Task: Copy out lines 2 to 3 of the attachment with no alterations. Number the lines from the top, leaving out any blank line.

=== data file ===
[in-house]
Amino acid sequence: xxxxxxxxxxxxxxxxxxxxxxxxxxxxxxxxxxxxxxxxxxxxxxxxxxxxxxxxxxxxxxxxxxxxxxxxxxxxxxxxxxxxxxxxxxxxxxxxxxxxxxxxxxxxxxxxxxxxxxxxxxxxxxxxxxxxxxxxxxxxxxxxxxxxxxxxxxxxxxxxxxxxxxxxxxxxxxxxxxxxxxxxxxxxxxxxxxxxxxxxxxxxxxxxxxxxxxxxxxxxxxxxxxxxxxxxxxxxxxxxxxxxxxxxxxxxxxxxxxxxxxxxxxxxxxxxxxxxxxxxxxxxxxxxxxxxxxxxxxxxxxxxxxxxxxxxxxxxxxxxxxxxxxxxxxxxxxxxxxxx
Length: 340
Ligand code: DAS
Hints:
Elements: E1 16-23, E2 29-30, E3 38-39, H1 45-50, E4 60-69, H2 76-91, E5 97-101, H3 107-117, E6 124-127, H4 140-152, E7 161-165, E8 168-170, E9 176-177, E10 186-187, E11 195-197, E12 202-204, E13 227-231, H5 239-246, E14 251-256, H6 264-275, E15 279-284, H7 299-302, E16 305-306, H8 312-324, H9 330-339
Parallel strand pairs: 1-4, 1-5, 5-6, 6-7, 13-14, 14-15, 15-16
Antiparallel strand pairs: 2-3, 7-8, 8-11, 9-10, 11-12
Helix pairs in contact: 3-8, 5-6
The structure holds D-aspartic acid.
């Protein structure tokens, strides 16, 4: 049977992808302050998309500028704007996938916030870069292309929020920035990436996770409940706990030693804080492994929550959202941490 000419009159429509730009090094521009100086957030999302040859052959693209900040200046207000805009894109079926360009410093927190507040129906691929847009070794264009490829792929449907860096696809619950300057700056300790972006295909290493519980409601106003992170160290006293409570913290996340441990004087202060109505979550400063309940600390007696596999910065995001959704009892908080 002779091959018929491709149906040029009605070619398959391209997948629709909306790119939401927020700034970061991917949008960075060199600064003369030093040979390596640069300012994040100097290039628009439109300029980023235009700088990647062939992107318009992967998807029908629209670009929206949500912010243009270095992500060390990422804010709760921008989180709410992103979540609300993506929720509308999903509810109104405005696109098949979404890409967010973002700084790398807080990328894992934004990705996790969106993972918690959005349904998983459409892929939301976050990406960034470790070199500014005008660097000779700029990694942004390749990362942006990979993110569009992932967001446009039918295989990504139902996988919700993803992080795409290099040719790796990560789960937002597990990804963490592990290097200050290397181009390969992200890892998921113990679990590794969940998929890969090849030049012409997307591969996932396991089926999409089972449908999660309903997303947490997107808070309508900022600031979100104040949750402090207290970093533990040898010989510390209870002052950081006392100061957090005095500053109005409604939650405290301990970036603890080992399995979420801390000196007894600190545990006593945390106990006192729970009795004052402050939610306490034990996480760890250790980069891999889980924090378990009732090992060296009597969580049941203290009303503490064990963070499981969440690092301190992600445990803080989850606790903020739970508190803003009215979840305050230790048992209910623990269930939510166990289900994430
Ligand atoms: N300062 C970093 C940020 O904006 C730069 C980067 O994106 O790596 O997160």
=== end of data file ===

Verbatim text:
Amino acid sequence: xxxxxxxxxxxxxxxxxxxxxxxxxxxxxxxxxxxxxxxxxxxxxxxxxxxxxxxxxxxxxxxxxxxxxxxxxxxxxxxxxxxxxxxxxxxxxxxxxxxxxxxxxxxxxxxxxxxxxxxxxxxxxxxxxxxxxxxxxxxxxxxxxxxxxxxxxxxxxxxxxxxxxxxxxxxxxxxxxxxxxxxxxxxxxxxxxxxxxxxxxxxxxxxxxxxxxxxxxxxxxxxxxxxxxxxxxxxxxxxxxxxxxxxxxxxxxxxxxxxxxxxxxxxxxxxxxxxxxxxxxxxxxxxxxxxxxxxxxxxxxxxxxxxxxxxxxxxxxxxxxxxxxxxxxxxxxxxxxxxx
Length: 340